Choose the right computer, to use as a server

This wiki page gives some tips on choosing a computer to use as a server.

Which parts are important?

Any computer will work as a server. Since it would run 24/7, you probably want a computer that doesn't overheat easily.

Processor speed is not important, unless you have many users or run complex programs (like some Web apps or spam filters). A mail server for several users with simple spam filtering (postscreen, postgrey, SPF policy daemon: no mail content processing) should work with any available CPU.

Graphics cards are not relevant for most servers. They are pretty much only useful for installing the system.

Disks are important for data storage. They break: prefer two or more in RAID1. (Use mdraid or btrfs raid1: hardware RAID is unreliable and might need nonfree software. btrfs, while new, possibly buggy and needing recent kernels, has data checksums: won't corrupt data when a write fails.) You need backup too in addition to RAID.

Network connection: usually wired Ethernet.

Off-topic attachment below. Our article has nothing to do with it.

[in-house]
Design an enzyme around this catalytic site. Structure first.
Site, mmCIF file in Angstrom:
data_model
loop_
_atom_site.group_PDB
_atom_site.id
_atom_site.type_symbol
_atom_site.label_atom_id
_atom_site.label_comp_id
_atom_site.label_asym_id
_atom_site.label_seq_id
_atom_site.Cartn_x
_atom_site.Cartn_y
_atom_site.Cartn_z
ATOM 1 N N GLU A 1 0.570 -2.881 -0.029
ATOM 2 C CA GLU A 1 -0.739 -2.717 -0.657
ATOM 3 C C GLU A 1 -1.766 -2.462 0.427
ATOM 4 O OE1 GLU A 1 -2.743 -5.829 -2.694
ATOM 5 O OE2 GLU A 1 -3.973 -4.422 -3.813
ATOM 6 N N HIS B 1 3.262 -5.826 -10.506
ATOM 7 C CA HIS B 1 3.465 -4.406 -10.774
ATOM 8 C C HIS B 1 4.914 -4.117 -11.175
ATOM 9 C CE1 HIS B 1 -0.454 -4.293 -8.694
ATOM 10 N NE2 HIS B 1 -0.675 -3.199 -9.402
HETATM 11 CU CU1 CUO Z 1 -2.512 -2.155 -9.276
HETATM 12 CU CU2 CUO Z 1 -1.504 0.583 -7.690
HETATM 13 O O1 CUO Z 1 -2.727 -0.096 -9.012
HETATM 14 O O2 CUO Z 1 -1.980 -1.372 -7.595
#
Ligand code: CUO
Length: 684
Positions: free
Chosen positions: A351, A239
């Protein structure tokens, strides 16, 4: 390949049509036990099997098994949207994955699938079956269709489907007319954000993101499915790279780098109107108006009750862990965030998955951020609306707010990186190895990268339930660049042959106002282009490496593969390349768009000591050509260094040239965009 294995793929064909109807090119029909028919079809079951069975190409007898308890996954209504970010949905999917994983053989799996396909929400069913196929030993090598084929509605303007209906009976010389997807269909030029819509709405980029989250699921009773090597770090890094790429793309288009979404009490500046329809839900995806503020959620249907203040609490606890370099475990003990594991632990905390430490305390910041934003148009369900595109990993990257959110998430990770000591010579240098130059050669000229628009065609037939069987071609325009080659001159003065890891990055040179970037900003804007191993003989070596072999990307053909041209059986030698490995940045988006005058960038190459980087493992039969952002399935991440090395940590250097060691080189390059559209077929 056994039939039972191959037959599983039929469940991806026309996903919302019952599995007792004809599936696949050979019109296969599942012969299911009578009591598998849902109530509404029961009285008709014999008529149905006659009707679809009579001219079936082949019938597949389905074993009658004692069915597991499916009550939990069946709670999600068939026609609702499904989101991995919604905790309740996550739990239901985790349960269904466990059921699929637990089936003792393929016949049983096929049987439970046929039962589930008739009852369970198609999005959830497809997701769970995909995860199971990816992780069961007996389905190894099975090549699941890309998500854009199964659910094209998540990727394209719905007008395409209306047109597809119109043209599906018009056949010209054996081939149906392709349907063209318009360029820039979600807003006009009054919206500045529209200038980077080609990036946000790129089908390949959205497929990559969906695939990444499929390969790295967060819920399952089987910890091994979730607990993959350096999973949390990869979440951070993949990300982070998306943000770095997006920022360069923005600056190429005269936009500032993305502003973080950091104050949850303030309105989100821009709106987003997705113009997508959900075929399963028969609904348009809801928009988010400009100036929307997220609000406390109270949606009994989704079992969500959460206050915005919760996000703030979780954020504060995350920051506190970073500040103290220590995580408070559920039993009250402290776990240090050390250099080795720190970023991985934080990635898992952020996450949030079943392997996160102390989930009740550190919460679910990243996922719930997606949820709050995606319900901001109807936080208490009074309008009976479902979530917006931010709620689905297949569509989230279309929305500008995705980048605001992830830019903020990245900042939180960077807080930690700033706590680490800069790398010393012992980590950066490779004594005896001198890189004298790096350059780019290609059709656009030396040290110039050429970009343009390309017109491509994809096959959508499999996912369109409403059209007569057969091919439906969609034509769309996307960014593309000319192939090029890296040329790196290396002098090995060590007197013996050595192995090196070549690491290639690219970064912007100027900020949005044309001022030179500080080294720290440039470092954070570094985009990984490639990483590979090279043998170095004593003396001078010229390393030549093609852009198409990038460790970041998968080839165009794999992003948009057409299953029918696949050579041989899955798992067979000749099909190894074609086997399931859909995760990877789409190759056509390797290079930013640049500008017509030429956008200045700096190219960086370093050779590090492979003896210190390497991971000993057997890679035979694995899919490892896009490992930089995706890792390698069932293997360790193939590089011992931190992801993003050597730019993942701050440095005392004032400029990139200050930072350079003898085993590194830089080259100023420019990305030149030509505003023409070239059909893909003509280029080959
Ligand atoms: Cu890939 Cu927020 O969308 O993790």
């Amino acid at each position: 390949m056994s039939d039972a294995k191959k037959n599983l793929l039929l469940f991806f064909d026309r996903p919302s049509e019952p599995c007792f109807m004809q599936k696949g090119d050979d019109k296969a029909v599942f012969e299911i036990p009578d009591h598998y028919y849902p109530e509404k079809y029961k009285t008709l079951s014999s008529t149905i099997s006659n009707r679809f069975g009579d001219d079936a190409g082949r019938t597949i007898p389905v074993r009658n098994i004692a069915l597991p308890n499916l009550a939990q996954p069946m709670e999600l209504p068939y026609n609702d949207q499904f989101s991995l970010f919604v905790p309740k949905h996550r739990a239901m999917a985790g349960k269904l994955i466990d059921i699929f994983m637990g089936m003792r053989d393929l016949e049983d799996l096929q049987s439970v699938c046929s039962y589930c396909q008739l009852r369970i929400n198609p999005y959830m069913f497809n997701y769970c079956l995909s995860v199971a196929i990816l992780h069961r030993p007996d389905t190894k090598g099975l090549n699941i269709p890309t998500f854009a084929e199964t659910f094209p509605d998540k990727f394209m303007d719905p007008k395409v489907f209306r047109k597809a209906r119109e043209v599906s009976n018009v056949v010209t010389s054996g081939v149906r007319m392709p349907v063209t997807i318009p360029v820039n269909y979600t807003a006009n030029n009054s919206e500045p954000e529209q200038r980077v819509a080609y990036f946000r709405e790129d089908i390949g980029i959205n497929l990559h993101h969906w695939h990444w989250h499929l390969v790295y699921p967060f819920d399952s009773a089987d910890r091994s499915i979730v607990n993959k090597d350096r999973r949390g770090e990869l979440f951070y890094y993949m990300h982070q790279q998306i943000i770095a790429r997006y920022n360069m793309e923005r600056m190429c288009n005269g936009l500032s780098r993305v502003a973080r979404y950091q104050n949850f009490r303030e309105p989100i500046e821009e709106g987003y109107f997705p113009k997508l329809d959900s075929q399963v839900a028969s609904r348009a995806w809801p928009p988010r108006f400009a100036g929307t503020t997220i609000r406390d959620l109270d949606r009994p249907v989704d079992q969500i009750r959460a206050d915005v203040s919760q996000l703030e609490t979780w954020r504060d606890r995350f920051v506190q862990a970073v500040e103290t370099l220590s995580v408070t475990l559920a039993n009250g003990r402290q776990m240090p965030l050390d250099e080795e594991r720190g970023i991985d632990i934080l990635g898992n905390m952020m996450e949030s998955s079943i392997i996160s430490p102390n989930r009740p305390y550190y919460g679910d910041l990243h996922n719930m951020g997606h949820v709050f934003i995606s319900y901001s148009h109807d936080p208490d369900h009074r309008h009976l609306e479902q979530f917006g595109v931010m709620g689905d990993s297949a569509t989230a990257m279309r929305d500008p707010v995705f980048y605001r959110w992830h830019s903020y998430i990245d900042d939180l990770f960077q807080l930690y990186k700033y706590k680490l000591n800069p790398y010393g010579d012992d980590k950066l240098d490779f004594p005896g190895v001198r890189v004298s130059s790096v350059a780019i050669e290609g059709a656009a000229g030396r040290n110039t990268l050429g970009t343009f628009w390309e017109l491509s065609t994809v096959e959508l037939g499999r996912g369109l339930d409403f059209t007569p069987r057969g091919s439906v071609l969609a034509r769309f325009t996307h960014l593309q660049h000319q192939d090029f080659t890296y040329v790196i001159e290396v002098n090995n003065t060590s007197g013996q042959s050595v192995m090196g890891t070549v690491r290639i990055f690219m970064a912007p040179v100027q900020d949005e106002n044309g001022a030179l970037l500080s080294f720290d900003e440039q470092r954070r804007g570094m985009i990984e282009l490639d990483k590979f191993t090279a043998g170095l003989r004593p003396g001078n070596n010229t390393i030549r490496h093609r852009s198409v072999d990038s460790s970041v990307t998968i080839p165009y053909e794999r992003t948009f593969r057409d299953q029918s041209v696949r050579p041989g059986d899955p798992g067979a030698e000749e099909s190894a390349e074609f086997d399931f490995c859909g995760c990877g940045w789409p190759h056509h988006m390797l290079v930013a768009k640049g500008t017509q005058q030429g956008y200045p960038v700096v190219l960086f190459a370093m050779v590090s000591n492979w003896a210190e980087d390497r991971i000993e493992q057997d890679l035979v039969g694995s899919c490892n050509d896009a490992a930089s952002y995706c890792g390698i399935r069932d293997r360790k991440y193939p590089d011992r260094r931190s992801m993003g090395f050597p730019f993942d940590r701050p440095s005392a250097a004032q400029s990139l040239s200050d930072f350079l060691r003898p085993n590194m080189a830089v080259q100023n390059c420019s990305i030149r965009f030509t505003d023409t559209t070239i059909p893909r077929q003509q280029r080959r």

Desktop, notebook, netbook, or single board computer?

  • Desktop PC

They easily support connecting two disks for RAID1. They are, on average, cheaper than their notebook counterparts.

  • Notebooks and netbooks

Netbooks don't have extra bays for hard drives. Notebooks might. RAID usually needs external disks with their own issues (slow, expensive, not in the same box).

Notebooks or netbooks are smaller than desktops, so they might be useful as a server if you have a limited amount of space.

Have their own battery, no need for UPS.

  • Single board computers

Be careful about choosing a single-board-computer. None will work without proprietary software (as of July 3rd, 2015). Some require proprietary software for very basic things, and so are unusable. Others demand proprietary software for peripheral features like Wi-fi.

Power consumption

Higher power usage means it will:

  • cost more
  • get hotter
  • get louder if it has a fan

Higher power use leads to lower time on battery (of laptop or UPS) during power cuts.

The page on battery life has some suggestions that may be relevant for saving electricity with servers.


The following are testimonies from Trisquel users that either run, or have run, servers.

"Depending on the usage of the server, you might be more interested in either power usage when idle or power usage when operating at maximum speed." -- lembas

"I'd recommend enabling the CPU frequency scaling and whatever other power saving you can. 90% of the time a home server isn't doing much, might as well keep it cool. =p

"Netbooks make excellent servers, unless you're running something heavy." -- dudeski

Citations: lembas - dudeski


12/16/2013 - 00:00
12/16/2013 - 00:11
12/16/2013 - 13:22
Michał Masłowski
01/24/2014 - 00:36
07/03/2015 - 20:33